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The Shirley Sherrod Saga: Lessons From Bureaucratic Blunders

5 years ago
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An apologetic phone call from Barack Obama and a new (and still unaccepted) job offer from Agriculture Secretary Tom Vilsack should help end the media frenzy over the grotesquely unfair firing of Shirley Sherrod. There still are mysteries, like who doctored the tape that right-wing attack artist Andrew Breitbart ballyhooed to erroneously and maliciously claim that Sherrod believed in reverse racism against white farmers. And Sherrod's own future may remain uncertain (a return to government, a book deal, a post with a foundation or other nonprofit), but it brightly shimmers after the poised and determined way that she has handled her inadvertent martyrdom.

Forget the cloying talk by Vilsack and White House press secretary Robert Gibbs about this being another "teachable moment" (a challenge: find two other words in the English language that as convincingly signal saccharine insincerity.) In fact, many of the enduring lessons from Sherrod's political ordeal have nothing to do with racial justice or an irresponsible media culture. This was bureaucratic bungling at epic "Brownie, you're doing a heck of a job" levels.

Playing the role of Inspector Clouseau was Tom Vilsack, a former two-term governor of Iowa, who briefly was an active 2008 presidential candidate. For all of his executive experience and soaring ambition, Vilsack and his henchwoman, deputy undersecretary Cheryl Cook, made every wrong decision in a reign of error that produced Sherrod's forced resignation. In fact, Cabinet secretaries should be given a wrist bracelet with the initials WWTVD ("What Would Tom Vilsack Do") – so they can be certain to do the exact opposite during a future personnel crisis.

Here is the official clip-and-save (what a quaint paper-based metaphor) Tom Vilsack Don't List:

Don't Prevent Bad News from Reaching the Top: Last week, four days before Breitbart's video went viral, Sherrod tried to warn Vilsack and deputy secretary Kathleen Merrigan of the danger that her words at a March NAACP speech would be wrenched out of context in a video clip. There was only one problem: Vilsack and Merrigan apparently existed in an hermetically sealed bubble unreachable by regional staffers like Sherrod.

Shirley Sherrod, as Vilsack explained at his Wednesday press conference, "sent an e-mail to me which I did not get. It was not addressed properly. It was also sent to the deputy secretary's attention. We did not discover it until after the fact, after this all came up."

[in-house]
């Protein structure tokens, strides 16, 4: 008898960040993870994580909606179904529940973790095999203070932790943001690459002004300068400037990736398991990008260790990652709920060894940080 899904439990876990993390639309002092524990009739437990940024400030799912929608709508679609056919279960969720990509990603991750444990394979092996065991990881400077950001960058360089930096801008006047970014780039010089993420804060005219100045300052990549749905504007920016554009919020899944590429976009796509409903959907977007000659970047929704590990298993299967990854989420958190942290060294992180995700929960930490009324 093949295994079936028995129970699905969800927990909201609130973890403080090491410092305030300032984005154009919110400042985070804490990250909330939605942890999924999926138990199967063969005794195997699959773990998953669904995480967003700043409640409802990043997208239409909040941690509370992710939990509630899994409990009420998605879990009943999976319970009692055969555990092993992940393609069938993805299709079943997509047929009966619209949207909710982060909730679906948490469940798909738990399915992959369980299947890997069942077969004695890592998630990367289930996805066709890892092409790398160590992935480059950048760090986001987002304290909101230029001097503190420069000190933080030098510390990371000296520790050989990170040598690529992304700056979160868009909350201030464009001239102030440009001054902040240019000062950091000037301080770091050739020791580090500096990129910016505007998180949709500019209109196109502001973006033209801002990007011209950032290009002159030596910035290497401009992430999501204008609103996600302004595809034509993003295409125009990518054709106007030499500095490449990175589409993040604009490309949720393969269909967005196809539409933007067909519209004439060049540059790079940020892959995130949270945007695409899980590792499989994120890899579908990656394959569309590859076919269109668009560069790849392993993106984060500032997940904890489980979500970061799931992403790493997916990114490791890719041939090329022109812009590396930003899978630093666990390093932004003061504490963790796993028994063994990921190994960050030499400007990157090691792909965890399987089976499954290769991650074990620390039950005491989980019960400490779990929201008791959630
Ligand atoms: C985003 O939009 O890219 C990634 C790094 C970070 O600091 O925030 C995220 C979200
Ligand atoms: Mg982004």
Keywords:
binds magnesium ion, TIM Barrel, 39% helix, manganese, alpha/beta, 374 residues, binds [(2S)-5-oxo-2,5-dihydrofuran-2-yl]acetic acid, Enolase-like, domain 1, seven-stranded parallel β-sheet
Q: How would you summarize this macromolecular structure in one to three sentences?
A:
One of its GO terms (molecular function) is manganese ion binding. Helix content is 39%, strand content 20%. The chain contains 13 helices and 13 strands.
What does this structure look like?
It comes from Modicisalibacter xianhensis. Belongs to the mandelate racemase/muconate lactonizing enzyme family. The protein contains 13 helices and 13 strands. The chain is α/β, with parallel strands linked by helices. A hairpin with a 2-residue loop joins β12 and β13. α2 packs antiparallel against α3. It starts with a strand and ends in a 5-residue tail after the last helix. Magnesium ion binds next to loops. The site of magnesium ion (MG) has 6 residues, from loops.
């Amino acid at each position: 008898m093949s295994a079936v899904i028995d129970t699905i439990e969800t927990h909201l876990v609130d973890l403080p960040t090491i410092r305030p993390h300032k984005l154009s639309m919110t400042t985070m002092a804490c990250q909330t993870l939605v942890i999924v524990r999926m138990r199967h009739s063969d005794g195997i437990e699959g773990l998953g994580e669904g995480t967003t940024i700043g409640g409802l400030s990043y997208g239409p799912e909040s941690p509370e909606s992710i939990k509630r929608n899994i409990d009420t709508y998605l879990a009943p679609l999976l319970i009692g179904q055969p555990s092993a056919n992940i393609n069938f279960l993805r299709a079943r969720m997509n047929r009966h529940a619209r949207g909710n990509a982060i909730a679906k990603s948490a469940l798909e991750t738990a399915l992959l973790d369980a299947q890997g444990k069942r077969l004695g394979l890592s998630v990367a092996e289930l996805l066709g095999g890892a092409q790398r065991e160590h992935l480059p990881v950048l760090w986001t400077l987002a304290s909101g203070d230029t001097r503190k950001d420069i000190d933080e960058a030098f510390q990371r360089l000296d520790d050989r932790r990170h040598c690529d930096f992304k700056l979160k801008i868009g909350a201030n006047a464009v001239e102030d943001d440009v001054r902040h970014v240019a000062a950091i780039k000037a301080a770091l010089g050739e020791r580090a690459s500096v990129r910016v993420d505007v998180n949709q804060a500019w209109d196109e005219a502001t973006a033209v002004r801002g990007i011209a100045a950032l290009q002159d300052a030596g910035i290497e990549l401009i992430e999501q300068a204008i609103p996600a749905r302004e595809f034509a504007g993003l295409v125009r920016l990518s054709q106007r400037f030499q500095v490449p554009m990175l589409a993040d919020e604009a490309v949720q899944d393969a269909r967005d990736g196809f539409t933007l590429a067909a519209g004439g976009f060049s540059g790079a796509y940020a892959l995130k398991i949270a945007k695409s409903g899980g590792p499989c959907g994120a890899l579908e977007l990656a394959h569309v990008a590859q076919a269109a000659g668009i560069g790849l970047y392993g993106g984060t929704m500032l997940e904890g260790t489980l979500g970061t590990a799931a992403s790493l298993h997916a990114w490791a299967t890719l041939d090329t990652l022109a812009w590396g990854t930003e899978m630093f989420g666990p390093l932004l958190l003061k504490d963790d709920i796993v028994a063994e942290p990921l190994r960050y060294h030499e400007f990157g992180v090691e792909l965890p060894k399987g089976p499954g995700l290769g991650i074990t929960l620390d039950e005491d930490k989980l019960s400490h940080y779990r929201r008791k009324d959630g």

It all sounded matter-of-fact, but think of the bureaucratic implications of Vilsack's explanation. Sherrod -- an Agriculture Department political appointee and not a civil service file clerk -- apparently had no reliable e-mail address for her boss, since she would have been alerted if a mere typo had prevented a message this important from getting through. Merrigan, the department's second-ranking official, cavalierly let e-mail from the field sit unread for four days.

What was Sherrod supposed to do: Write "Be Sure to Watch Glenn Beck Monday Night" in the subject line? (By the way, a phone call to the Department of Agriculture press office asking for clarification did not warrant a response.)

There is an obvious reason why Cabinet and White House officials should demand to hear immediately potential bad news from the field -- so they can deal with it before it hits the media. Had Sherrod been permitted to communicate with Vilsack, Merrigan or any top official, the Agriculture Department would have been able to kill the Breitbart story in about five minutes by releasing the full tape of Sherrod's NAACP speech. Instead, an exemplary public servant was wrongly fired and the subsequent embarrassment required the president himself to make an apologetic phone call.

Don't Fire Anyone Without a Face-to-Face Meeting: Call it the McChrystal precedent, since Obama handled matters correctly by waiting for the general to return to Washington before he was removed from his Afghan command. If the Breitbart story was important enough to panic Vilsack and the White House, then the Agriculture Department might have sprung for Sherrod's plane ticket to Washington to hear her side of the story before taking punitive action. Sherrod could have caught the 5:05 p.m. Delta flight out of Albany, Georgia, changing planes in (surprise) Atlanta, and been at the Agriculture Department in time for a 9:45 p.m. meeting.

But, of course, Sherrod never got a chance to respond to the false impression fostered by the Breitbart video until it was too late. As she put it in an emotional interview with NBC's Matt Lauer Wednesday morning, "I kept saying: 'Look at the entire thing. Look at my message,' and no one would listen. No one would listen." Click play below to watch the video:

Don't Force Subordinates to Do Your Dirty Work: During his mea culpa press conference Wednesday, Vilsack accepted personal "responsibility" nine separate times for firing Sherrod, declaring, "The buck stops with me." Cynics might suggest Vilsack was deliberately shielding the White House in his on-message insistence that he and only he made the decision to subject Sherrod to a political defenestration. But even taking Vilsack at his word raises the question: Why then was the task of getting rid of Shirley Sherrod left to Deputy Undersecretary Cheryl Cook?